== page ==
Malware Protection. Wavecrest’s Web-use management products protect against productivity loss, legal liability, bandwidth abuse, and malware threats. Before discussing how we counter the last issue, i.e., malware threats, let's take a look at some background information on the subject of malware itself.
Defining Malware. Malware is a general term used to refer to a variety of forms of hostile or intrusive software. Generically, it is software used or created by attackers to disrupt computer operations, gather sensitive information, or gain access to private computer systems.
Malware Variations. Malware includes computer viruses, ransomware, worms, Trojan horses, rootkits, keyloggers, adware, malicious Browser Helper Objects (BHOs), and other malicious programs. The majority of active malware threats are usually worms or Trojans rather than viruses. Malware can appear in the form of code, scripts, active content, and other software. (Note: For our purposes “malware” also includes Web sites that advocate, encourage, or support hacking.)
Spyware. Another category of malware has emerged, called spyware. These programs are designed to monitor users' Web browsing, display unsolicited advertisements, or redirect affiliate marketing revenues to the spyware creator. Spyware programs do not spread like viruses. Instead, they are generally installed by exploiting security holes. They can also be packaged together with user-installed software, such as peer-to-peer applications.
Malware Targets. Malware is sometimes used broadly against government or corporate Web sites to collect (read “steal”) guarded information or to disrupt their operation in general. Left unguarded, networked computers can be at considerable risk against these threats.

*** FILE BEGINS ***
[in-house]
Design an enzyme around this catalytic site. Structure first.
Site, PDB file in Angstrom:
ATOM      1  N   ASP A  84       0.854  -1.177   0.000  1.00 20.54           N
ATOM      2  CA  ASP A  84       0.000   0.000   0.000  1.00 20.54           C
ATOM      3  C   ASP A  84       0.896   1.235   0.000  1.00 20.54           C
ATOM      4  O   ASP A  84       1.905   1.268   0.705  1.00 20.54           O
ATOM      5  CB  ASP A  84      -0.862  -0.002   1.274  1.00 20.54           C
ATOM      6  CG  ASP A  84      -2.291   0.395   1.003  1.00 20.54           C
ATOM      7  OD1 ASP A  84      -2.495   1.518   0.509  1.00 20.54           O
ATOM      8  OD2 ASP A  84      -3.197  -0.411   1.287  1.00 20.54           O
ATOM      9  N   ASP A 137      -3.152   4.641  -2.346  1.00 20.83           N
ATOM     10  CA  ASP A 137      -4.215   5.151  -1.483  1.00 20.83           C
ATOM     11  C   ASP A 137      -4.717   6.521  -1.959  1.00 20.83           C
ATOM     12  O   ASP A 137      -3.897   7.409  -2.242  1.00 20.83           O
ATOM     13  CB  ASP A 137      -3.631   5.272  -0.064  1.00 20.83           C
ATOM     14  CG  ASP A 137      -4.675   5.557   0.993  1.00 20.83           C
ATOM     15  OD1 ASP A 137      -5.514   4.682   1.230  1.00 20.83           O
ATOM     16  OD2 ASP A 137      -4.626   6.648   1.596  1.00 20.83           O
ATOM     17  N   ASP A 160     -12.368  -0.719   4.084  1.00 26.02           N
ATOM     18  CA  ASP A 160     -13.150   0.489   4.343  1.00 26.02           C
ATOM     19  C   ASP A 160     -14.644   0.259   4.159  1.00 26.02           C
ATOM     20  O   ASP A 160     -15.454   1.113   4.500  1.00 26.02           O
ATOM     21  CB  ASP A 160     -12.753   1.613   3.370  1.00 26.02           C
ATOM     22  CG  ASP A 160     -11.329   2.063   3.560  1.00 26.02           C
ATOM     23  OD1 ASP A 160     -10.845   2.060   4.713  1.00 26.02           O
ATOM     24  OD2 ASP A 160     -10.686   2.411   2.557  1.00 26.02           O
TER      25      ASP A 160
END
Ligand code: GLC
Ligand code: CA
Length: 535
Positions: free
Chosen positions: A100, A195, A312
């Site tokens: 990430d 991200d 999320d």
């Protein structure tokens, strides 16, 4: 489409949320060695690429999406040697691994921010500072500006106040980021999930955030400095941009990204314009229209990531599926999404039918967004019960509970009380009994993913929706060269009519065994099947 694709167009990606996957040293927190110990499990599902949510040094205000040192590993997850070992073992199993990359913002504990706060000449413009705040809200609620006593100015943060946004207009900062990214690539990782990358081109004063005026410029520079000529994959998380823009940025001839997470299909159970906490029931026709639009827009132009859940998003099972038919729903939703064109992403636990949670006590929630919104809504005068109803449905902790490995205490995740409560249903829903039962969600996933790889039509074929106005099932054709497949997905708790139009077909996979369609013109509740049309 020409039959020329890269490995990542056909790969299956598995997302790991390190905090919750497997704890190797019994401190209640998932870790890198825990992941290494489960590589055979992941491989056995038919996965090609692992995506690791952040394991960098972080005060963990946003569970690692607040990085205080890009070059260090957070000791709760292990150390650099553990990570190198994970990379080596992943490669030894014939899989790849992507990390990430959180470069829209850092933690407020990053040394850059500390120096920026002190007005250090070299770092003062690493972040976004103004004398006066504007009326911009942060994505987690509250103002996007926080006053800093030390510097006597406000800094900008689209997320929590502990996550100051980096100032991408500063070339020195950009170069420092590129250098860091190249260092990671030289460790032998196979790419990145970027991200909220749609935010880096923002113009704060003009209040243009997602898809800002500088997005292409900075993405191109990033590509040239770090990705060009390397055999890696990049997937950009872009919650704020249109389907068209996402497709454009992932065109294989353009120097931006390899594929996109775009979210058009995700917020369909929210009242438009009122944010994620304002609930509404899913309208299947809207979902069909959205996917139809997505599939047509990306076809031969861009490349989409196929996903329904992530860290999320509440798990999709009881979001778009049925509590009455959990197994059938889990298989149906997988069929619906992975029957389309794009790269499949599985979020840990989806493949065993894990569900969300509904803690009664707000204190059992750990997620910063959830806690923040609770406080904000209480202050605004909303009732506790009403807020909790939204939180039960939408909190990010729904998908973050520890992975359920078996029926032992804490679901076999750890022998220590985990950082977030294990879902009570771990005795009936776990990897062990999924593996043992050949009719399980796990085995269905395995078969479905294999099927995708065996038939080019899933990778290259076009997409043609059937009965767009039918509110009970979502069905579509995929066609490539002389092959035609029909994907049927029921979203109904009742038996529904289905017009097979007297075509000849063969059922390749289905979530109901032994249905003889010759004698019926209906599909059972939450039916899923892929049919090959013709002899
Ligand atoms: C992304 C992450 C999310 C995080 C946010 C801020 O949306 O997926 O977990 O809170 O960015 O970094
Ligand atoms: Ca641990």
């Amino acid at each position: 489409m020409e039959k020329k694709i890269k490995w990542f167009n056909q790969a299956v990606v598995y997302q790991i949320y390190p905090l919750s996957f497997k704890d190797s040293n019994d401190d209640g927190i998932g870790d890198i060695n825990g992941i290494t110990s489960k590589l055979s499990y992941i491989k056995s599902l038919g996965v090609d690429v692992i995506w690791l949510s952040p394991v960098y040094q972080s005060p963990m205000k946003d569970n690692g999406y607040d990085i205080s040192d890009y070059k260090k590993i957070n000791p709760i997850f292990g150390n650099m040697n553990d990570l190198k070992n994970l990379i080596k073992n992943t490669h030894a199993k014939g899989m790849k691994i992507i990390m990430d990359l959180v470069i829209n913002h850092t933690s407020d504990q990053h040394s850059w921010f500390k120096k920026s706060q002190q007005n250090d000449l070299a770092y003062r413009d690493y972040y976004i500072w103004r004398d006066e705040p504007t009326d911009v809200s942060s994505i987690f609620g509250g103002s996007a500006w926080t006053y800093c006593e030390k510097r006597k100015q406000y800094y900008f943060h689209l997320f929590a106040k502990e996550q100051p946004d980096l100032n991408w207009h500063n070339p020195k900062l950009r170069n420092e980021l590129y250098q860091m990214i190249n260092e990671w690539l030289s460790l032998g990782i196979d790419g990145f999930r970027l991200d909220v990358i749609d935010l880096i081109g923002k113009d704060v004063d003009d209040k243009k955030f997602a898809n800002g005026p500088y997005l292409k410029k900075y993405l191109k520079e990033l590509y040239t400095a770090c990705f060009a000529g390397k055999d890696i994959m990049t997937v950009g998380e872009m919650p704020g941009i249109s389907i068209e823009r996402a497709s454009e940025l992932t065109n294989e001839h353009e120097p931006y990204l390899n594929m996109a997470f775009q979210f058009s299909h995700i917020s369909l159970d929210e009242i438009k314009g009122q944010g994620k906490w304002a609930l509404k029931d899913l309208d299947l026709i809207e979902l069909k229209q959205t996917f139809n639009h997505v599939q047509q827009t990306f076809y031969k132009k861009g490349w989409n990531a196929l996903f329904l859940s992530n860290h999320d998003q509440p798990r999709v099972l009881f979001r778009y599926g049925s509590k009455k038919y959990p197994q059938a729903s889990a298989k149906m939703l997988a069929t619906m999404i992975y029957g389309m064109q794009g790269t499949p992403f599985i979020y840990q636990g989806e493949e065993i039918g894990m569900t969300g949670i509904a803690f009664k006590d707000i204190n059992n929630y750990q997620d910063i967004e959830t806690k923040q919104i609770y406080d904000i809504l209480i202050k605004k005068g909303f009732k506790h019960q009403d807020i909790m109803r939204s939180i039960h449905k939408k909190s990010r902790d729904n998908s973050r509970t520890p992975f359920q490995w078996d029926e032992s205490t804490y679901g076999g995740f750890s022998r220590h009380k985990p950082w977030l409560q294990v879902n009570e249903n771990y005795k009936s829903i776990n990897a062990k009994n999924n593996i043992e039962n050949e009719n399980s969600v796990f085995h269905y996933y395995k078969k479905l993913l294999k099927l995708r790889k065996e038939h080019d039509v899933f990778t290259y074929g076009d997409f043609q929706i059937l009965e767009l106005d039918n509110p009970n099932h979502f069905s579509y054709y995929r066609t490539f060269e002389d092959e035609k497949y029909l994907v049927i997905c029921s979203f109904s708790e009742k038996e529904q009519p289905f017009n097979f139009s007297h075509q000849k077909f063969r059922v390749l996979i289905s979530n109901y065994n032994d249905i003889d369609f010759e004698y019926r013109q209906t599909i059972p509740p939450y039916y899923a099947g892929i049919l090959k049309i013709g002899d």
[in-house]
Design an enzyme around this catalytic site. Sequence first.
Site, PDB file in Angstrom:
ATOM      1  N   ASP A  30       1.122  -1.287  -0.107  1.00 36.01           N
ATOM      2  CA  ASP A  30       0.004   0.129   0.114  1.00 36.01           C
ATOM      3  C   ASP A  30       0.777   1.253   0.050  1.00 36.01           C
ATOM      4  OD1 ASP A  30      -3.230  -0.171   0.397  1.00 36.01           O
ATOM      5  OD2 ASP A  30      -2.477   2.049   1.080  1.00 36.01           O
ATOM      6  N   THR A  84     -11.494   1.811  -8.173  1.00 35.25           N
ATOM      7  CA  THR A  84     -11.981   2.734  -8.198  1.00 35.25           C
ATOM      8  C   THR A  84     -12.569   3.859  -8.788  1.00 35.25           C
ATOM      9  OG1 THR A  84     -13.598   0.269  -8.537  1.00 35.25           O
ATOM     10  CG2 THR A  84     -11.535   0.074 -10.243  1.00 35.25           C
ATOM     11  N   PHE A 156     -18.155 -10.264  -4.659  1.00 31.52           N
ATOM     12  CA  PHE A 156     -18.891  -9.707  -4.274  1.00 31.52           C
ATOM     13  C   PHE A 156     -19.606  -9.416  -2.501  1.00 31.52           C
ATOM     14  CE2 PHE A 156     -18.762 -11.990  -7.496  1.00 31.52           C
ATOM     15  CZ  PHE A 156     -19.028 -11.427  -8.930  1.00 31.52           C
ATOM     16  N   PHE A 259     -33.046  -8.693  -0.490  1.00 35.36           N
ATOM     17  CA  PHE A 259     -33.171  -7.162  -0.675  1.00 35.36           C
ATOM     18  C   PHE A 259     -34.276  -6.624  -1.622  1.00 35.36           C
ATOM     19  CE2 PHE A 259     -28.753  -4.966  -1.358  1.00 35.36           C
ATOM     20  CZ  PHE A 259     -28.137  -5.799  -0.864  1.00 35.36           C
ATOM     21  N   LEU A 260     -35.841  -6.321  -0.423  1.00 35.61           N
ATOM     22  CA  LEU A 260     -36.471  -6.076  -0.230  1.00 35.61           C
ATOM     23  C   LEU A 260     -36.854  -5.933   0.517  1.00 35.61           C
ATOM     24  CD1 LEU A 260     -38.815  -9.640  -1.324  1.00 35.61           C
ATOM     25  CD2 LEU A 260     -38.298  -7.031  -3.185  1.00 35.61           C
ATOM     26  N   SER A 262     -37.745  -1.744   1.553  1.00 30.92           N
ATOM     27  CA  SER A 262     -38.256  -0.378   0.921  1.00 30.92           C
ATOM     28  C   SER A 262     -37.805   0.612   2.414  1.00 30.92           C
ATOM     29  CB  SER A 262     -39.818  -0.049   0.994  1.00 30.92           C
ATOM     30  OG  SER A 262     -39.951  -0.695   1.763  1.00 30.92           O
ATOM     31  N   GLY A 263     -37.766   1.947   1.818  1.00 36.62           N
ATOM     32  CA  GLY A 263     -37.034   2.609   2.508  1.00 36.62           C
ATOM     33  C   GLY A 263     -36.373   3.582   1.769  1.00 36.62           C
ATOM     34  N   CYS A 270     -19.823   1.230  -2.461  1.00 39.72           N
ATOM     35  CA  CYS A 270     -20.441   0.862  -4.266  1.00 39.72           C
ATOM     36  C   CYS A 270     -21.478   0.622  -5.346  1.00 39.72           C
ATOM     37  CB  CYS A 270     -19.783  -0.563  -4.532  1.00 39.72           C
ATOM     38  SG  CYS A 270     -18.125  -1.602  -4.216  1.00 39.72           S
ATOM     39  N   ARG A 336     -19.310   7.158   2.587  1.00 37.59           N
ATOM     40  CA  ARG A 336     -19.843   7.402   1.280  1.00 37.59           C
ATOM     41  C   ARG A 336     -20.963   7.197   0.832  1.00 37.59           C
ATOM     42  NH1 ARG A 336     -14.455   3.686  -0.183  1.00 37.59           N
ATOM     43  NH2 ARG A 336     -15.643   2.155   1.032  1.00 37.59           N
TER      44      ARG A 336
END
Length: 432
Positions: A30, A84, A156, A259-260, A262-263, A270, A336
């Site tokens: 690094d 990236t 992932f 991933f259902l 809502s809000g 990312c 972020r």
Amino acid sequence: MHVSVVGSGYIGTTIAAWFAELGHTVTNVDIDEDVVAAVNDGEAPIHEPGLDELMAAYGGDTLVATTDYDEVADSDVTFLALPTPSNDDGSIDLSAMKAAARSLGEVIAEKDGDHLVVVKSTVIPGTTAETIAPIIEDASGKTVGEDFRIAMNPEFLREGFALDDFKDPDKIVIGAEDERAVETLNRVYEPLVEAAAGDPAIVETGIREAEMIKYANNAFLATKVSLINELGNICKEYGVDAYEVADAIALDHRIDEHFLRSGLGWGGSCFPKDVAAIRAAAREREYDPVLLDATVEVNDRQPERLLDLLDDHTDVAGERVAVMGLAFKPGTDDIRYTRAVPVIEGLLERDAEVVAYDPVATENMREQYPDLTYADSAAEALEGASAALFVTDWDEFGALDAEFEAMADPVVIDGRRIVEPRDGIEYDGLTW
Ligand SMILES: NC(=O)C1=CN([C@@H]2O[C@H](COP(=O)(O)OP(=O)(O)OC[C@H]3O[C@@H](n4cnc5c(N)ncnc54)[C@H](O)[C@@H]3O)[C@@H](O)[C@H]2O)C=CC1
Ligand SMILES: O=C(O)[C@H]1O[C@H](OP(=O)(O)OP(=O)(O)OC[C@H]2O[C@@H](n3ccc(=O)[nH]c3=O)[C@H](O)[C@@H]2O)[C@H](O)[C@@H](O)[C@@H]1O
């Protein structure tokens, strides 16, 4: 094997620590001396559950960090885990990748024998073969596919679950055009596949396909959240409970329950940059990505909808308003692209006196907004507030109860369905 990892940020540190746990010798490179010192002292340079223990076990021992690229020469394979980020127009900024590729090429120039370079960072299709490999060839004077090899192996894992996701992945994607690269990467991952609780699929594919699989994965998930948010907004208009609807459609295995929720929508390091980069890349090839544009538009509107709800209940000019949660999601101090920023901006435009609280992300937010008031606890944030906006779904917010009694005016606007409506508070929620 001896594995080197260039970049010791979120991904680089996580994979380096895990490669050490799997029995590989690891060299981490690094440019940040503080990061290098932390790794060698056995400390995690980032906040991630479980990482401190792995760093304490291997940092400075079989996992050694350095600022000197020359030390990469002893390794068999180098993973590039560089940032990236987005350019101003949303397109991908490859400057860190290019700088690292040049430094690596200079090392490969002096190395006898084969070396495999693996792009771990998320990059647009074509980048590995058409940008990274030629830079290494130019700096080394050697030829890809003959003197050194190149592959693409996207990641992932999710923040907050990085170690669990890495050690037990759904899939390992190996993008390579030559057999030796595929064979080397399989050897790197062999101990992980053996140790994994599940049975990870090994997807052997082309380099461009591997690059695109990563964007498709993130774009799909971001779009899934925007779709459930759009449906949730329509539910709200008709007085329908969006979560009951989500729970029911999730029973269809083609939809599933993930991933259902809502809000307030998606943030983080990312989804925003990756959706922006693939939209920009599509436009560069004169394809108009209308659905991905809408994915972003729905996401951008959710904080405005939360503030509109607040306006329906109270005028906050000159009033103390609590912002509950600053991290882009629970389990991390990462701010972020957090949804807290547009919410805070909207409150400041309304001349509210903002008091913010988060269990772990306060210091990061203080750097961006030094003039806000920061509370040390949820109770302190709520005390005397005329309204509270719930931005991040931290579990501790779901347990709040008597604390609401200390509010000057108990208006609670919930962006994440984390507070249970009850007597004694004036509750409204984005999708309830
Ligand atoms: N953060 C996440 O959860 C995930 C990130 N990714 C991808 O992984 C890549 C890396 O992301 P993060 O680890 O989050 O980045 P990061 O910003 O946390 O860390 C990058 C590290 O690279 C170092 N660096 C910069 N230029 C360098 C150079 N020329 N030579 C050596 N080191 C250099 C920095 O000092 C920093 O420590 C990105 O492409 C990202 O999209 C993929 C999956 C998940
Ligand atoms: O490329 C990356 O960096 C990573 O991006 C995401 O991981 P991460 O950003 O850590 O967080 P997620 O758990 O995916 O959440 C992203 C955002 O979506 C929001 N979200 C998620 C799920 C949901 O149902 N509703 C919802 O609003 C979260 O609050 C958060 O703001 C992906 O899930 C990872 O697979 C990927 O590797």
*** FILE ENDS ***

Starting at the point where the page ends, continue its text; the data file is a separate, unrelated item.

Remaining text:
Malware Uses. Many early infectious programs, including the first Internet Worm, were written as experiments or pranks. Since the rise of widespread broadband Internet access, malicious software has more frequently been designed for profit. Today, malware is used primarily to steal sensitive personal, financial, or business information for the benefit of others.
Malware Methodology. Since 2003, the majority of widespread viruses and worms have been designed to take control of users' computers for black-market exploitation. Infected "zombie" computers are used to send e-mail spam, host contraband data such as child pornography, or engage in distributed denial-of-service (DoS) attacks as a form of extortion.
Spreading. The best-known types of malware, viruses, and worms are known for the manner in which they spread, rather than any specific types of behavior. The term "computer virus" is used for a program that has infected some executable software and, when run, causes the virus to spread to other executables. On the other hand, a worm is a program that actively transmits itself over a network to infect other computers. These definitions lead to the observation that a virus requires user intervention to spread, whereas a worm spreads itself automatically.
Virus or Worm? Using this distinction, infections transmitted by e-mail or Microsoft Word documents, which rely on the recipient opening a file or e-mail to infect the system, would be classified as viruses rather than worms. Some writers in the trade and popular press misunderstand this distinction and use the terms interchangeably.